The prevalence of older adults with dementia disorders is rising and presents significant difficulties to care providers and policy makers aiming to ensure cost-effective, high quality care for those that are aging. Assisted living facilities (ALFs) are increasingly admitting older adults with dementia, and who often have significant comorbidity. Currently, between 40% and 60% of residents in ALFs across the United States have been diagnosed with dementia. The rapid growth of ALFs over the past few years reflects the more affordable cost of this residential option compared to long-term (i.e. nursing home) care (LTC), as well as individual preferences for more comfortable, home-like environments.
Often viewed as a substitute to long-term care, ALFs aim to provide secure housing, personal support, and limited health care while encouraging choice, autonomy, privacy, and independence. However, due to lower staffing levels with the majority consisting of nonprofessional care providers and few ancillary services within ALFs compared to LTCs, concerns have been raised about vulnerable residents having an increased risk of unfavorable health outcomes and not having their care needs met. The ALF care setting promotes delayed detection of emerging health issues, inadequate medication management, and challenges to improving care that could result in increased use of hospital care and expenses. These concerns are augmented for residents with dementia who are prone to exhibit significant comorbidity, abnormal disease presentation, and challenges in communicating their symptoms and needs.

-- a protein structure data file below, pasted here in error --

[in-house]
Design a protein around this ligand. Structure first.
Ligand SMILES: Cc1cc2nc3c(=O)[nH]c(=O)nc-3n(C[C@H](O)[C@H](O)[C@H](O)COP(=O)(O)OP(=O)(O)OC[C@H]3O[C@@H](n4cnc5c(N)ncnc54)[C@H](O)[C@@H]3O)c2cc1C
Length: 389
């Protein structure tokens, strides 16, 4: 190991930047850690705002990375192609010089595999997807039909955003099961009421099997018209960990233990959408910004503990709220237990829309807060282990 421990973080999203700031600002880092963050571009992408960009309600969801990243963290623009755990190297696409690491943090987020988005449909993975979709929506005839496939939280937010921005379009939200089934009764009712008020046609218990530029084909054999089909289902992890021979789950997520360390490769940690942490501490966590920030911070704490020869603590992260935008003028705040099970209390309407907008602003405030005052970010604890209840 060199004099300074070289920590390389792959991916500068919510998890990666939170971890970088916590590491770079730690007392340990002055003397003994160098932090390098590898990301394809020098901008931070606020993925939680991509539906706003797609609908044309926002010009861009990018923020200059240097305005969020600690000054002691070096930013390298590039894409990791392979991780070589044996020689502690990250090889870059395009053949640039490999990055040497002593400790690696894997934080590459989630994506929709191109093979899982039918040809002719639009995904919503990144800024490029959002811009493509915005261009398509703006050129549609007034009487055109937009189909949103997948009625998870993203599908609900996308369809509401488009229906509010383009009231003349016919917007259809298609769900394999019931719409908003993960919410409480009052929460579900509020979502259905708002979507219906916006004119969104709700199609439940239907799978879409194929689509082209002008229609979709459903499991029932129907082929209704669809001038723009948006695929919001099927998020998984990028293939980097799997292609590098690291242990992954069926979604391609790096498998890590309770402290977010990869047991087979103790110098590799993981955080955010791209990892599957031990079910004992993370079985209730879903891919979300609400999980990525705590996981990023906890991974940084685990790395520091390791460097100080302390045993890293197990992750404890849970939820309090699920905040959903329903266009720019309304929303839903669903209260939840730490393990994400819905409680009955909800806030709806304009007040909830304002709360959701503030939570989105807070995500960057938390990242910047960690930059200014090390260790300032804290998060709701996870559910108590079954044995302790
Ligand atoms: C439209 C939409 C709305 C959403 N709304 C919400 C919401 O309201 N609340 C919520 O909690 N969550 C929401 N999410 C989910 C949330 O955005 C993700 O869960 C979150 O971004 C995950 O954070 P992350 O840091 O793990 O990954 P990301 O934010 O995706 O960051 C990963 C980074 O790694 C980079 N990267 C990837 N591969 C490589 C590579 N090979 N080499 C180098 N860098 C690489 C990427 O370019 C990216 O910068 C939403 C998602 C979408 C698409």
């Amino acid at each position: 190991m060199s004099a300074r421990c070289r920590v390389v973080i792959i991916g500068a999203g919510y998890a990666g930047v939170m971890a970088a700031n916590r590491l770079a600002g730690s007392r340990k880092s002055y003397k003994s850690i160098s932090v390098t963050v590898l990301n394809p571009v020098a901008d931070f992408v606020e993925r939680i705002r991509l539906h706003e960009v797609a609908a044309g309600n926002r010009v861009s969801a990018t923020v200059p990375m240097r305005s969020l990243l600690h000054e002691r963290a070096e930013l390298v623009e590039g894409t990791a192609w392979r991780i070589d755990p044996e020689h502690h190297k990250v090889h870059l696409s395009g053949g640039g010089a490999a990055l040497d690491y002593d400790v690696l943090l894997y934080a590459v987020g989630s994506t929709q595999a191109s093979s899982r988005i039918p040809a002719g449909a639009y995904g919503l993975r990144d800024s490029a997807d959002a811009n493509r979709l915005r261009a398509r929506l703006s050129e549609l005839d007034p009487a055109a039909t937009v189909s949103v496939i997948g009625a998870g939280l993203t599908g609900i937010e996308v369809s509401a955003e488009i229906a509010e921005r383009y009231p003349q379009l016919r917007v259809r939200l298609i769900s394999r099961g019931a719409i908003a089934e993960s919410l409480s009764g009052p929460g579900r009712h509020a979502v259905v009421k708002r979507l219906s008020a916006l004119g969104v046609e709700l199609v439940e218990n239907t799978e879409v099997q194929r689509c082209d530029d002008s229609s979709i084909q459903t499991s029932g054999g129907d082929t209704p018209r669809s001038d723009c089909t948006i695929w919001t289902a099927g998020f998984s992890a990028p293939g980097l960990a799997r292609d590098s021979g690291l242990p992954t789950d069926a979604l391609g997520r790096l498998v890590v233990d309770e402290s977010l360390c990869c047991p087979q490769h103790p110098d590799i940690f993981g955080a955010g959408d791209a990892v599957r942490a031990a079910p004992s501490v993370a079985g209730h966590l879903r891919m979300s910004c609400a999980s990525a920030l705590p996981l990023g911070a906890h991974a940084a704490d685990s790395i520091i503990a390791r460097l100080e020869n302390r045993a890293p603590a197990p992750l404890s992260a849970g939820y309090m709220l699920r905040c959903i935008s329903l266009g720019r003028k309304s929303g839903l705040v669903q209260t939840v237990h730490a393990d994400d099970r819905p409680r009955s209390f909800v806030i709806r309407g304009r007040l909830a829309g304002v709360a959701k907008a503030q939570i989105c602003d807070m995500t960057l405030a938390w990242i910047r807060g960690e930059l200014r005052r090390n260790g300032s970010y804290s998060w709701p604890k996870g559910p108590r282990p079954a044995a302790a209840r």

A recent study showed a considerably higher 1-year hospitalization rate for ALF residents with dementia compared with those receiving LTC. This finding reflects the challenges ALFs face in caring for cognitively vulnerable older adults with significant and often unstable medical and nursing needs.
Hospitalization is an outcome that indicates not only potential quality of care issues for ALFs but also for health risks older adults with dementia who undergo acute care admission are prone to. Studies consistently have shown that people with dementia are at significantly higher risk of being hospitalized (often for reasons that could have been prevented), having longer durations of stay, and having higher health care costs. These individuals are also at higher risk of having poorer health and functional outcomes during and after hospitalization.
Another recent study investigated the incidence of hospitalization among ALF residents with dementia compared to the incidence among LTC residents with dementia. The study also identified ALF resident and facility characteristics that influence the risk of hospitalization. The results of the study revealed that residents with dementia receiving care in ALFs showed a cumulative incidence of hospitalization about 4 times higher than those in LTC. The duration of hospital stay was also considerably longer among ALF residents compared with those in LTC.
Vulnerable ALF residents with dementia may benefit from receiving end-of-life care that includes enhanced access to palliative care services within ALFs. This could significantly decrease the likelihood of hospitalization and LTC admissions, while increasing quality of care.